Small-scale atmospheric perturbations known as gravity waves (GW) are critical to infrasound propagation simulations as they alter the propagation path of the waves, causing detections at infrasound stations that remain unexplained when only large scale atmospheric features are considered. Therefore, it is important to investigate ways of accounting for these perturbations in the atmospheric fields prescribed in propagation models. Here, we use modelled atmospheric fields obtained in the framework of the Dynamics of the Atmospheric General Circulation Modeled on Nonhydrostatic Domains (DYAMOND) project. This international project, initiated by the Max Planck Institute for Meteorology (MPIM) and the University of Tokyo, describes a framework for the intercomparison of high-resolution global atmospheric models. It mainly focuses on tropospheric weather, but some models were run with a high enough top so that GW are resolved up to the stratosphere. Starting with different configurations of the Icosahedral Non-hydrostatic (ICON) model, we explore how differences in infrasound-related parameters (azimuth deviation, shadow zone, celerity) derived using a ray-tracing tool relate to differences in the resolved tropospheric and stratospheric wind and temperature fields. Lidar observations are used to assess the modelled fields and to bring ground-truth atmospheric specification for infrasound propagation simulations.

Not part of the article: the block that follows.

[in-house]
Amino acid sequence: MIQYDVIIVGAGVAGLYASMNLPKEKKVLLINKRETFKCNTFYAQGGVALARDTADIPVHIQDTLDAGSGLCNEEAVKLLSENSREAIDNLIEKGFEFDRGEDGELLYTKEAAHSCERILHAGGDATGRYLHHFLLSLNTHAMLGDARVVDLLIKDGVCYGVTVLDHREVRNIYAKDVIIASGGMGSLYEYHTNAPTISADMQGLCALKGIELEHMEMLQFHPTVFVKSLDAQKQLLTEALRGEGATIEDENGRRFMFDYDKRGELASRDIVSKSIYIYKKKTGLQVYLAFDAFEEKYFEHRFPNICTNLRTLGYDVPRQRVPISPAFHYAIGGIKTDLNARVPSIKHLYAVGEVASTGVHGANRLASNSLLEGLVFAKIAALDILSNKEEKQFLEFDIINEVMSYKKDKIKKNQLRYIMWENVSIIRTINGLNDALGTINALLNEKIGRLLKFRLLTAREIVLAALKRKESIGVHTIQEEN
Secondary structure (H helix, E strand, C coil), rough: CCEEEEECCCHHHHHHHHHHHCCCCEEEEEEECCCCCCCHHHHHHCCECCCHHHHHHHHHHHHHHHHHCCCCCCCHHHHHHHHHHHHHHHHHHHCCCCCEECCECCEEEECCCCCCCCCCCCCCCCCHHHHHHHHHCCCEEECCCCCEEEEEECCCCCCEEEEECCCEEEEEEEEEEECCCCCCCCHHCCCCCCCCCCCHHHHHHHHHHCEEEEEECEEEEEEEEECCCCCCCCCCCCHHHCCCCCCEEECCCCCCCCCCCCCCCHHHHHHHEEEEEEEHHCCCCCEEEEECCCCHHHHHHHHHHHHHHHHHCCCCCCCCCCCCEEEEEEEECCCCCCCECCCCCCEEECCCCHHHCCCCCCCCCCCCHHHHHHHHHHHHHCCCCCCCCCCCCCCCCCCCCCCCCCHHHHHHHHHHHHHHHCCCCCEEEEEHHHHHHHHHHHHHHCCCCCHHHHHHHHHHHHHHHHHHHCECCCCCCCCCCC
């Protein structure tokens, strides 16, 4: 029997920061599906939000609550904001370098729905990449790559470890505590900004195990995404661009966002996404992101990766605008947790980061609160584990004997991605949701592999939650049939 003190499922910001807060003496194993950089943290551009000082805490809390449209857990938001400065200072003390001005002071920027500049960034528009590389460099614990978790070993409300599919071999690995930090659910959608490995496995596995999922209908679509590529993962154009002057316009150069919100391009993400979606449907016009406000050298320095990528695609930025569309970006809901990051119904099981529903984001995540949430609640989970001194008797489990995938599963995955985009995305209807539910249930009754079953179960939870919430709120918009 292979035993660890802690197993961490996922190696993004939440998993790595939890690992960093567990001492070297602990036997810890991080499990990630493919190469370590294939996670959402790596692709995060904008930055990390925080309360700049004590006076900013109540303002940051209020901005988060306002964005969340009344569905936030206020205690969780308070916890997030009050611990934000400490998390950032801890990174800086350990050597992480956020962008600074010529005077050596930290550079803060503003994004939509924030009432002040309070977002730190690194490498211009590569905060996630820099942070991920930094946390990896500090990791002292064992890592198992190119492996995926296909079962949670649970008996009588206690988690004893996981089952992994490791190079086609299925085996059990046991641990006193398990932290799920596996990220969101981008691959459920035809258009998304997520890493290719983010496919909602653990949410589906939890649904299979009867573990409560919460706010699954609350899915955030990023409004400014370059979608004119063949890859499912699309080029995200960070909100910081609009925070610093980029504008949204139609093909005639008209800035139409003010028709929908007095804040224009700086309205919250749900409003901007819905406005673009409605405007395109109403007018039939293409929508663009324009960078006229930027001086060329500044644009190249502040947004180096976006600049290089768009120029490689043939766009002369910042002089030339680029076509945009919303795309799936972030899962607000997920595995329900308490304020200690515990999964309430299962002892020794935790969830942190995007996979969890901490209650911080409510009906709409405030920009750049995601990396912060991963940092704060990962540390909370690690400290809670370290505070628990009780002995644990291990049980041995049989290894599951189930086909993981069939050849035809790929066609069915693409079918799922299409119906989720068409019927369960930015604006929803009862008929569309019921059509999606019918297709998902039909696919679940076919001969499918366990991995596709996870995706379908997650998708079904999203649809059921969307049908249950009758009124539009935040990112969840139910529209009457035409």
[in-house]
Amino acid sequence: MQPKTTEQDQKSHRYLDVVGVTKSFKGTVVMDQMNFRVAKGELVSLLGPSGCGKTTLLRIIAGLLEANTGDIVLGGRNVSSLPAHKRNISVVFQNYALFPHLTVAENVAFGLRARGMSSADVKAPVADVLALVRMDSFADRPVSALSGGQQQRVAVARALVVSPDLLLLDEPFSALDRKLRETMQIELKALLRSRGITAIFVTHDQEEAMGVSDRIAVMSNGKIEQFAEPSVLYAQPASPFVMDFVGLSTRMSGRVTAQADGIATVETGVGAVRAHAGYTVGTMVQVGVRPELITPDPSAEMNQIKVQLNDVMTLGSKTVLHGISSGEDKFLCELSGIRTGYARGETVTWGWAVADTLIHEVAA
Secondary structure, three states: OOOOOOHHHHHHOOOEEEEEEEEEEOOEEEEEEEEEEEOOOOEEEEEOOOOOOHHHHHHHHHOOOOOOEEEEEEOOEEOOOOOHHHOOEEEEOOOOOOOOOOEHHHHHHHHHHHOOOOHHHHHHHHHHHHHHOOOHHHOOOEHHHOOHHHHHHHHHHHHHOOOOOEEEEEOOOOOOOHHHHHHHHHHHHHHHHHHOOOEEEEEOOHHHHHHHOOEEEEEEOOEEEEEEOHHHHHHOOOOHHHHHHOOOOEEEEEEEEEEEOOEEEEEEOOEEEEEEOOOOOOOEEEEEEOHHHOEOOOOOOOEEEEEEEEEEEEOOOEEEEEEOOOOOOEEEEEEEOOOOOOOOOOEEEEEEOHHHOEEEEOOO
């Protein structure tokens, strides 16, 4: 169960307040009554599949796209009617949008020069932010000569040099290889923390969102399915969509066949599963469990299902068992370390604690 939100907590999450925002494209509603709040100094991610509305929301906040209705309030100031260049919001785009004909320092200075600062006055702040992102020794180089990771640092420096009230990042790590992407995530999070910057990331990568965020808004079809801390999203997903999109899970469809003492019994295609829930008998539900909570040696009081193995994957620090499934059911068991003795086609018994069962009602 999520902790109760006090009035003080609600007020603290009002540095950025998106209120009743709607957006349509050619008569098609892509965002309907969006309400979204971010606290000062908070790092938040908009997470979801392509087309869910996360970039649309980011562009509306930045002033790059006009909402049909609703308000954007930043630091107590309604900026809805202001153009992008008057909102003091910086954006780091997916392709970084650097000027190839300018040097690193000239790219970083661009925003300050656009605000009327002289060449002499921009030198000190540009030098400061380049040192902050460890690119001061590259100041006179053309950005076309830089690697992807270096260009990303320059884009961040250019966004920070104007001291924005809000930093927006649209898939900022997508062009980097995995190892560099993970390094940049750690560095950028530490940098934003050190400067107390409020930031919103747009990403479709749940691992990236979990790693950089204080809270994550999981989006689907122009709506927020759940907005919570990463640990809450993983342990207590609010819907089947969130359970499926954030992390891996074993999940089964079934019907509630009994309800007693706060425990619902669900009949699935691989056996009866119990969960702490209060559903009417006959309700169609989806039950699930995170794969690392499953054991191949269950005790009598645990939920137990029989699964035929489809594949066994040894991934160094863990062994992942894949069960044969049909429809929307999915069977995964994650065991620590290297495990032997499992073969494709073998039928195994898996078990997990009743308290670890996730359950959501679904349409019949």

The verification regime of the Comprehensive Nuclear-Test-Ban Treaty requires to use the best possible tools to detect and analyse events of interest. Using infrasound observations for analysis demands very good knowledge of the middle atmosphere and its small-scale dynamics.